Federal soldiers rushed forward to take him, placing him on a blanket. As they attempted to move Kemper, some of the general’s own men fought the captors and took their commander back. As they returned to Seminary Ridge, Confederate surgeons examined Kemper, who was in terrible pain. They pronounced the wound mortal.
By this time, Pickett’s Charge had failed, having lasted about fifty minutes in total. Pickett escaped unwounded, but the other two division commanders, Pettigrew and Trimble, were wounded – Pettigrew slightly, Trimble seriously. Both Armistead and Garnett were shot down—Garnett killed and Armistead mortally wounded and captured. The 7th Virginia’s colonel, the brazenly brave Colonel Tazewell, was also mortally wounded near the wall. The losses listed for Pickett's Division, while varied over the years, were over 60%; numbers that they would never regain for the war effort.
General Lee, having watched the assault and its dismal outcome, rode to Kemper’s brigade and approached the wounded brigadier. With his suffering “ almost beyond endurance ”, Kemper lay in the blanket with closed eyes. As Lee spoke to him, he opened his eyes.13
“General Kemper,” he said, “I hope you are not seriously wounded.”
Kemper told General Lee that surgeons had pronounced his wound as mortal. Lee replied that he hoped it was not as serious as that, then asked if there was anything he could do. “ Yes, General Lee ,” Kemper answered, “ do full justice to this division for its work today.” 14
“The shells were still coming fast ,” one retreating soldier recalled. “ I saw just ahead…coming towards me General Lee…He looked very sad, said what command do you belong to, I replied Gen. Kemper’s he said brave men you are I saw you fighting my fault not yours gather all your comrades and go back to where you stayed last night I said Gen. I think we are all that is left.” 15
Pickett’s Division had truly fallen with heavy losses, never to be regained.
Due to the deadly nature of Kemper’s wound, he was left behind when Lee’s army retreated in the stormy darkness on July 4. Recaptured by the Union, he lay for a few weeks at the Lutheran Seminary, as those who cared for him expected him to die each day. M.L. Stoever, a professor at Pennsylvania College, visited the ailing general daily, and the two struck up a friendship. “I was impressed with his pleasant countenance,” Stoever remembered. 16
As Kemper miraculously kept on living, his brigade and even his family thought otherwise. “ I believed that General Kemper was dead ,” proclaimed Colonel Eppa Hunton. “ I heard they were making his coffin when I left Gettysburg.” Kemper’s wife, Belle, and his brother, John, searched the casualty lists and other reports. When they couldn’t learn his fate, John started for Gettysburg. At Winchester, he met some of the brigade, who told him that the general “ was certainly dead .” Finally, near the end of July, Kemper’s family learned that he still lived.17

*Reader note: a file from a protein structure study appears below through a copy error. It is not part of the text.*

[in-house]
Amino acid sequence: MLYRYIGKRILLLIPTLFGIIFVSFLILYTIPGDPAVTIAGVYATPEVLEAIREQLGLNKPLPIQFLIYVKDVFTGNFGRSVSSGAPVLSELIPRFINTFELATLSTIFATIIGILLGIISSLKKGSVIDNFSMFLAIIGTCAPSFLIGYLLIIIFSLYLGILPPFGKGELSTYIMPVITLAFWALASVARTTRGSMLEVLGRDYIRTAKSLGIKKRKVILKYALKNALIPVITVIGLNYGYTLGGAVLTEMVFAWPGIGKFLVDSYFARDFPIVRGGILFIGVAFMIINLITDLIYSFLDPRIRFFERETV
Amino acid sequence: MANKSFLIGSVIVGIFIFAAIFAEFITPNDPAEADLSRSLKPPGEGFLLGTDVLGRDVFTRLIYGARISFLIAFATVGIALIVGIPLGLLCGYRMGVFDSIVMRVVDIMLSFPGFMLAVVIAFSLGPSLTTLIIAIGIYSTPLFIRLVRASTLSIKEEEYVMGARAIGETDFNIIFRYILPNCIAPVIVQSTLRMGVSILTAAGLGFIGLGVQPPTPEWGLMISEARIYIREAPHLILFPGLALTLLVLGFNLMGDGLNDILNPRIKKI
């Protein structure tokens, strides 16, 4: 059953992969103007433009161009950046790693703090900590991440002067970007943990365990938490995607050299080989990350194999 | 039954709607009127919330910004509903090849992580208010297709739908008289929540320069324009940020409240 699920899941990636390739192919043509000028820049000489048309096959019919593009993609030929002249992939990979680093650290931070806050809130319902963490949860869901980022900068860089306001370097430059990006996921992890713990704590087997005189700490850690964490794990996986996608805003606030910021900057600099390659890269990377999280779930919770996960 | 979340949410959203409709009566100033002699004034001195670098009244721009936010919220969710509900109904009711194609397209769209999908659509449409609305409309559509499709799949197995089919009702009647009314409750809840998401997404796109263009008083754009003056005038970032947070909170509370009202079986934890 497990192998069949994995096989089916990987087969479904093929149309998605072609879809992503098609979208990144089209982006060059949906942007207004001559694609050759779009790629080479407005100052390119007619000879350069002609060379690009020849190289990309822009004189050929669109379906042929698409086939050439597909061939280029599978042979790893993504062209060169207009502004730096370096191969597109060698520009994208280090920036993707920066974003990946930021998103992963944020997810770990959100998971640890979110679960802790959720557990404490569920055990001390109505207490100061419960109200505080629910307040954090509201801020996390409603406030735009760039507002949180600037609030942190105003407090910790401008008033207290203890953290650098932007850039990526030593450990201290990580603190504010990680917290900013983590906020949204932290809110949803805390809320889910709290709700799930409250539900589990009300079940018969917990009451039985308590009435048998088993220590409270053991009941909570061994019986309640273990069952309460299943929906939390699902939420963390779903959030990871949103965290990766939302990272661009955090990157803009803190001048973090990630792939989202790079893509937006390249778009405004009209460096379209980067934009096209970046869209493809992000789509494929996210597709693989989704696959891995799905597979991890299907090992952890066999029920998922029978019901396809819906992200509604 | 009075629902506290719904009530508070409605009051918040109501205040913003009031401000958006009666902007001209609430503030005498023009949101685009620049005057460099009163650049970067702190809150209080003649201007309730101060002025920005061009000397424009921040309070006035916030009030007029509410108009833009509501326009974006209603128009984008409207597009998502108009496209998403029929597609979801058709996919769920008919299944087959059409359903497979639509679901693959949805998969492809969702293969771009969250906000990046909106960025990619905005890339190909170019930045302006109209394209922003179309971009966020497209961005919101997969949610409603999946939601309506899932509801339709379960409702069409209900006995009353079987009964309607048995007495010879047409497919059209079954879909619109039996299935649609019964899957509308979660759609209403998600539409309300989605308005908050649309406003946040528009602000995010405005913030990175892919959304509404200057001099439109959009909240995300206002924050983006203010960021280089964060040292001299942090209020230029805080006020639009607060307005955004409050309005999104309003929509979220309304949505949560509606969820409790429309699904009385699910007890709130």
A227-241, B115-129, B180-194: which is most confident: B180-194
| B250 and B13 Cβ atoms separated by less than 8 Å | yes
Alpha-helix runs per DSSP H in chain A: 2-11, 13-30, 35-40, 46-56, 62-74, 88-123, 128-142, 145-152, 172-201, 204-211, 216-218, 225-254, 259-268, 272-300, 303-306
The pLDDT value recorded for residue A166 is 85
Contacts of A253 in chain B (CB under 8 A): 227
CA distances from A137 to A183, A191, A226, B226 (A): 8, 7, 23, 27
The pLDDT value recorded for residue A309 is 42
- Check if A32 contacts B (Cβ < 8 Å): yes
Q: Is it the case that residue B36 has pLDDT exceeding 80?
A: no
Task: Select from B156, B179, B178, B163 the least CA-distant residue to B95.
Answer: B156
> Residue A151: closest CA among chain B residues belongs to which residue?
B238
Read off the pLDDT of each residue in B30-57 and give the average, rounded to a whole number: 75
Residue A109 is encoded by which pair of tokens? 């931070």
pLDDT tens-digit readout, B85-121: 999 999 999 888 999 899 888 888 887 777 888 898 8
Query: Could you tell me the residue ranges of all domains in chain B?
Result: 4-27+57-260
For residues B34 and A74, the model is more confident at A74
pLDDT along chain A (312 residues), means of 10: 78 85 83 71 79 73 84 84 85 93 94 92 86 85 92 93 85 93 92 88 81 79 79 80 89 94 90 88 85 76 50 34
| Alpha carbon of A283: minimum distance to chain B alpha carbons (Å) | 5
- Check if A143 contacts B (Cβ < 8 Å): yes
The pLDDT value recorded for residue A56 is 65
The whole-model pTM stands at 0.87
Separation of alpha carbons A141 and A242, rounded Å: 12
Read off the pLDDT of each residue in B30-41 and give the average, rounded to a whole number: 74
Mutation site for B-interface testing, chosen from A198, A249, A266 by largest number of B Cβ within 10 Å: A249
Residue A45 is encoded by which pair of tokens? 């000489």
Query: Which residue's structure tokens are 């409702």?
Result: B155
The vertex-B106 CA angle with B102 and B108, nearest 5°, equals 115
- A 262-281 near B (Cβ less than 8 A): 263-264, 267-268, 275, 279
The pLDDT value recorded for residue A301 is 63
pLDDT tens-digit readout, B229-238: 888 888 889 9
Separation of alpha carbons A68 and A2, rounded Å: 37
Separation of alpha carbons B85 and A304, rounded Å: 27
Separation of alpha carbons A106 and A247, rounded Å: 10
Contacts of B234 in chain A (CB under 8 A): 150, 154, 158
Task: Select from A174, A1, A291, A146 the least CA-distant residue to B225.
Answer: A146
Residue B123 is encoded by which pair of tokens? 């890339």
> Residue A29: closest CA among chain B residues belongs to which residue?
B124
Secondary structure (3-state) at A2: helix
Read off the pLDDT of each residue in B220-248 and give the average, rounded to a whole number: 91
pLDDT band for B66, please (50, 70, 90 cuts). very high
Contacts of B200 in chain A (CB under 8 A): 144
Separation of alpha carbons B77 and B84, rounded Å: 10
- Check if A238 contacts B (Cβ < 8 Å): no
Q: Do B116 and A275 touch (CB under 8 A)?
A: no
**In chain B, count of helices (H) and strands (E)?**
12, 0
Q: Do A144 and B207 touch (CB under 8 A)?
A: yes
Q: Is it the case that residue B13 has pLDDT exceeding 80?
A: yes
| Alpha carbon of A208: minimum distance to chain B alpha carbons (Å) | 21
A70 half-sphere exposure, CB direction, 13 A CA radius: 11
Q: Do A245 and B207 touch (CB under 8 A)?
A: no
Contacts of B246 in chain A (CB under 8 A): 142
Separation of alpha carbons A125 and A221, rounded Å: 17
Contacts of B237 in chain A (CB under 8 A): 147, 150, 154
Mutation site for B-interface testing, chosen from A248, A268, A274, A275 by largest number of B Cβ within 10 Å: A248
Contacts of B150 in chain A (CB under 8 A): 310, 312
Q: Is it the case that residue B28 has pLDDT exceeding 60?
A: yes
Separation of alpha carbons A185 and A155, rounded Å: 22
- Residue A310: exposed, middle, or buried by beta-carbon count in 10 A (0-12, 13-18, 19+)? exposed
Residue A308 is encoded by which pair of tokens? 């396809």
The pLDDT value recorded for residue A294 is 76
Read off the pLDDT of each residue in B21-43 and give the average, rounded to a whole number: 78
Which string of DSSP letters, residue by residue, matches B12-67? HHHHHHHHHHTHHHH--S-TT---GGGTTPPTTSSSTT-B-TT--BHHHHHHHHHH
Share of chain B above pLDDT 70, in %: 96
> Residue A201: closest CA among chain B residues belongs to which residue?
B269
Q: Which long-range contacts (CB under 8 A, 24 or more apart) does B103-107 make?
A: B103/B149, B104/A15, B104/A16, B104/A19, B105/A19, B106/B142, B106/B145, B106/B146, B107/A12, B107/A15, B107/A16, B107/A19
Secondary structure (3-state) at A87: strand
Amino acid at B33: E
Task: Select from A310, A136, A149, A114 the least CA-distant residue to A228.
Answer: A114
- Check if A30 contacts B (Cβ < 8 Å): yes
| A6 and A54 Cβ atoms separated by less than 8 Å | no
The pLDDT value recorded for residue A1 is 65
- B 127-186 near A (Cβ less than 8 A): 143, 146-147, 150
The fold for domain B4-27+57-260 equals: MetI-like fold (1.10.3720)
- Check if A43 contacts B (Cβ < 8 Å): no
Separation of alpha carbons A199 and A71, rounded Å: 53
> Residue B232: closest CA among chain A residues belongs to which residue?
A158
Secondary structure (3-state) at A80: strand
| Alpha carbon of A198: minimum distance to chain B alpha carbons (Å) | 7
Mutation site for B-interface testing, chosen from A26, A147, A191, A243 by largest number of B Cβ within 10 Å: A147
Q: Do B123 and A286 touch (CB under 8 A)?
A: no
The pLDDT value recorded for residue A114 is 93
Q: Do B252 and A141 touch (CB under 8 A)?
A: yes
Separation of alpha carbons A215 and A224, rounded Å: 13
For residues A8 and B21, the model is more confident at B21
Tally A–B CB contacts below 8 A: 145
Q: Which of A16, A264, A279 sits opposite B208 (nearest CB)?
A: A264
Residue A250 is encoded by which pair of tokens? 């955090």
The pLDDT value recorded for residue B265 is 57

The stalwart survivor was finally taken to a Baltimore hospital, still in critical condition, and still expected to die. In September, he was taken briefly to Fort Monroe; but exchanged soon after for Union general Charles Graham, who was wounded and captured at Gettysburg. Even then, Union surgeons believed that Kemper would not long survive his supposedly fatal wound. No one dared extract the minié ball lodged near his spine.
Kemper, able to walk slowly and with difficulty, attempted to join his brigade in early 1864; but the doctors warned him that any vigorous activity would surely cause the bullet in his body to reposition and undoubtedly kill him. With a heavy heart, he relinquished his command and bade farewell to his brigade. “I have been assigned to command the Reserves Forces of the State of Virginia, ” he told them. “I believe it an imperative duty to accept.” For the remainder of the war, Kemper served the Confederacy in that capacity.18
After Appomattox, Kemper returned home. In the summer of 1865 he signed the oath of allegiance to the Union and was pardoned by Andrew Johnson. Though he never apologized for his role in the Confederate army, he championed reconciliation with the Federals. He told his fellow Virginians to “ leave the past severely alone,” and to hold “a magnanimous bearing under wrong .” He understood well the cost of national animosity. He bore the physical pain of it daily, for the remainder of his life. 19
After the war, James and Belle welcomed two more children into the family. In early 1871, after the birth of their youngest son a few weeks earlier, Belle failed to recover and died from the effects of childbirth. Her death devastated her husband, who never remarried.20
In perpetual agony from his war wound, but seeing the need for the South to overcome her devastation from the war, Kemper, still the eloquent politician, was persuaded to run for governor. He won handily, serving as Virginia’s 34th governor for four years, from 1874 to 1878.